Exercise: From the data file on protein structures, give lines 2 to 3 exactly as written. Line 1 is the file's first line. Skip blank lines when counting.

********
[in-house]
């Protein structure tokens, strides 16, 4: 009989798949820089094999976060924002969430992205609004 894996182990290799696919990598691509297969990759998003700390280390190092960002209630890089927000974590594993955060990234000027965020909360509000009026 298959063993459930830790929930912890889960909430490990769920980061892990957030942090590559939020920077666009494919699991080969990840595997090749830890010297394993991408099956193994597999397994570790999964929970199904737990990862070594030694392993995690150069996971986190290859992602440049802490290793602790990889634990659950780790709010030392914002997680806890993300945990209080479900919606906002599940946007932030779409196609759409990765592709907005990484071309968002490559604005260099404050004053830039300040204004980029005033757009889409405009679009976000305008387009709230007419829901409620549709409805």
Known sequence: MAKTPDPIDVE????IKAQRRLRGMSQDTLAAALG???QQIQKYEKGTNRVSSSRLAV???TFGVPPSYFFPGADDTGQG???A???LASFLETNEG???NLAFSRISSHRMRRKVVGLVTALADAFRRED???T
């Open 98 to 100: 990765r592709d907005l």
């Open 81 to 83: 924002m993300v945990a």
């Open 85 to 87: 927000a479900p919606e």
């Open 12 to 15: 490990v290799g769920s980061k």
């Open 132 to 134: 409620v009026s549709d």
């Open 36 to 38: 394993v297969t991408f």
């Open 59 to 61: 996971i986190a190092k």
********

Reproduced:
């Protein structure tokens, strides 16, 4: 009989798949820089094999976060924002969430992205609004 894996182990290799696919990598691509297969990759998003700390280390190092960002209630890089927000974590594993955060990234000027965020909360509000009026 298959063993459930830790929930912890889960909430490990769920980061892990957030942090590559939020920077666009494919699991080969990840595997090749830890010297394993991408099956193994597999397994570790999964929970199904737990990862070594030694392993995690150069996971986190290859992602440049802490290793602790990889634990659950780790709010030392914002997680806890993300945990209080479900919606906002599940946007932030779409196609759409990765592709907005990484071309968002490559604005260099404050004053830039300040204004980029005033757009889409405009679009976000305008387009709230007419829901409620549709409805």
Known sequence: MAKTPDPIDVE????IKAQRRLRGMSQDTLAAALG???QQIQKYEKGTNRVSSSRLAV???TFGVPPSYFFPGADDTGQG???A???LASFLETNEG???NLAFSRISSHRMRRKVVGLVTALADAFRRED???T